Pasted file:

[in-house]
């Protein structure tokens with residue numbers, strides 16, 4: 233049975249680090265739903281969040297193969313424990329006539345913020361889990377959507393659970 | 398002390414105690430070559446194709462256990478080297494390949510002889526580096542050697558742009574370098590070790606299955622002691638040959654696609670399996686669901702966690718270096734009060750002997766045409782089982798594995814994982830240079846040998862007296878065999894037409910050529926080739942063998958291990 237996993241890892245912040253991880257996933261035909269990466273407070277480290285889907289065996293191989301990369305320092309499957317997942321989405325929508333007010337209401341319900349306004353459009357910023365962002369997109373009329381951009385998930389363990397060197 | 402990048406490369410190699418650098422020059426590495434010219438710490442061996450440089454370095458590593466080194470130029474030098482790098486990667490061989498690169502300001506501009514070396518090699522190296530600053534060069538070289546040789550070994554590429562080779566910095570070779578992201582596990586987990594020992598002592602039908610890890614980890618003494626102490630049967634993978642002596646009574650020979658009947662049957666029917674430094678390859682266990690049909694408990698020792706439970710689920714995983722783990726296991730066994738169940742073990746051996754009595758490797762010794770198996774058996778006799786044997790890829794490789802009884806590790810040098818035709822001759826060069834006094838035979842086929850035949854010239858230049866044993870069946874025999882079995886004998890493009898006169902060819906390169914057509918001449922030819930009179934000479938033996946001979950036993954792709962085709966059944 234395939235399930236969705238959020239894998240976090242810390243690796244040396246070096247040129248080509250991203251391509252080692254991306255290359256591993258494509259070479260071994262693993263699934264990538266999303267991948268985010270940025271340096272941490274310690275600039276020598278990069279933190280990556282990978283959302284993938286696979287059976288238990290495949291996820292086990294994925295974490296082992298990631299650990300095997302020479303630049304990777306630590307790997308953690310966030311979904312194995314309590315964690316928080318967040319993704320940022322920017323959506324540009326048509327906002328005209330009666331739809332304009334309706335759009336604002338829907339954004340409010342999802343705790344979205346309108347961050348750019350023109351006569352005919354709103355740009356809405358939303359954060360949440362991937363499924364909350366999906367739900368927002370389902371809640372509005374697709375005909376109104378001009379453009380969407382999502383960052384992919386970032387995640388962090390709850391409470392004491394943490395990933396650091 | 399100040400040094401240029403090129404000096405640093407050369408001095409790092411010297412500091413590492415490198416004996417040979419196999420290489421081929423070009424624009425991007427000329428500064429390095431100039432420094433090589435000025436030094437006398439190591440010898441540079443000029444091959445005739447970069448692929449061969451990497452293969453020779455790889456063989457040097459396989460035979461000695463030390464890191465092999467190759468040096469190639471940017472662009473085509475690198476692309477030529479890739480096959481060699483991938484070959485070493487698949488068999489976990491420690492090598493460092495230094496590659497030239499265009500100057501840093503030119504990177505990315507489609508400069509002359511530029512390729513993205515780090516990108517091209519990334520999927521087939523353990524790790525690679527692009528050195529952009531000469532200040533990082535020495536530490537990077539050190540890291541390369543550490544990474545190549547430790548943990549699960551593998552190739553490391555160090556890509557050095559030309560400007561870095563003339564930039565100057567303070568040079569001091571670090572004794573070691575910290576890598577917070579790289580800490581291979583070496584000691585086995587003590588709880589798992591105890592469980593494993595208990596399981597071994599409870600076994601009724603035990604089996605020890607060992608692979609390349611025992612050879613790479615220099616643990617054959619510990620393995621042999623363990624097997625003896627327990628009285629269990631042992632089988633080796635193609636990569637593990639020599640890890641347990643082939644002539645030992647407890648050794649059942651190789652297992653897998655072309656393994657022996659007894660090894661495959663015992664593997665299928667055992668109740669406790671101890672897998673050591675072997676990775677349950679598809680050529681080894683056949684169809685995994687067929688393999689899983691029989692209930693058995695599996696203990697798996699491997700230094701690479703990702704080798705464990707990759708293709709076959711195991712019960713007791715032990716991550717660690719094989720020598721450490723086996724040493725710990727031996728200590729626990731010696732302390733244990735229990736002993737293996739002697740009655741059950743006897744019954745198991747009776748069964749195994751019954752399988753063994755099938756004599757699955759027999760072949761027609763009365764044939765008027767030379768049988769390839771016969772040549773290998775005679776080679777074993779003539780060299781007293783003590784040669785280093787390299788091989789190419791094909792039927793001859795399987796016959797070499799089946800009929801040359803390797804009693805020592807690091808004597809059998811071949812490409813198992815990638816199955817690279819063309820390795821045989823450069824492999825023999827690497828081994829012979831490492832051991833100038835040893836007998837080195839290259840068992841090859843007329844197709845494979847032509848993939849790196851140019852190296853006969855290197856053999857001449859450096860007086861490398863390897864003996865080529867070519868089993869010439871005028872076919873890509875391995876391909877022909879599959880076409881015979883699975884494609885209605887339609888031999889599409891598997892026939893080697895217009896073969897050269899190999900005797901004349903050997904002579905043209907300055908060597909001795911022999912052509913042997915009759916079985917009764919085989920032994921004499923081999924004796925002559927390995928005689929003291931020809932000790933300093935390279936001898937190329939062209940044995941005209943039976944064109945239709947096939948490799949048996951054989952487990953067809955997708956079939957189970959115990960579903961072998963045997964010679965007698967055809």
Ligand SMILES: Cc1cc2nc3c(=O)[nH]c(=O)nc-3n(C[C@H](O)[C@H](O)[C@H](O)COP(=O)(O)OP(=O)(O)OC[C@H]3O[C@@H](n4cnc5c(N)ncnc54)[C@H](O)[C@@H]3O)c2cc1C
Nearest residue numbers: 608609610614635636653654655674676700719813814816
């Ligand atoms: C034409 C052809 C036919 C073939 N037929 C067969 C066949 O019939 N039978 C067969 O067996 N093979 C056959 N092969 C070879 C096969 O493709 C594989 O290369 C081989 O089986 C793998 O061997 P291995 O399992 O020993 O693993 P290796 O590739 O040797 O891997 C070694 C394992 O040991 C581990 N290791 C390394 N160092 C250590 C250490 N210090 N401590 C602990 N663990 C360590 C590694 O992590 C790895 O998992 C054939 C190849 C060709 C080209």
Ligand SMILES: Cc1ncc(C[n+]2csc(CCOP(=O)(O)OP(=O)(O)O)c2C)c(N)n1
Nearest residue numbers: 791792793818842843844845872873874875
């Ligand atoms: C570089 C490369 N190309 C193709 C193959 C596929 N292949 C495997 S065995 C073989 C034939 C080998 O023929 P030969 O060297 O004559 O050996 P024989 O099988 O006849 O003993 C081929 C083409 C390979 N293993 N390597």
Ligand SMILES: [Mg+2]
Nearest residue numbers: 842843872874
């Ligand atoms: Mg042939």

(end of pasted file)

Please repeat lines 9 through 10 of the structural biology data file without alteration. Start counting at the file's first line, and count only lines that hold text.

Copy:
Ligand SMILES: [Mg+2]
Nearest residue numbers: 842843872874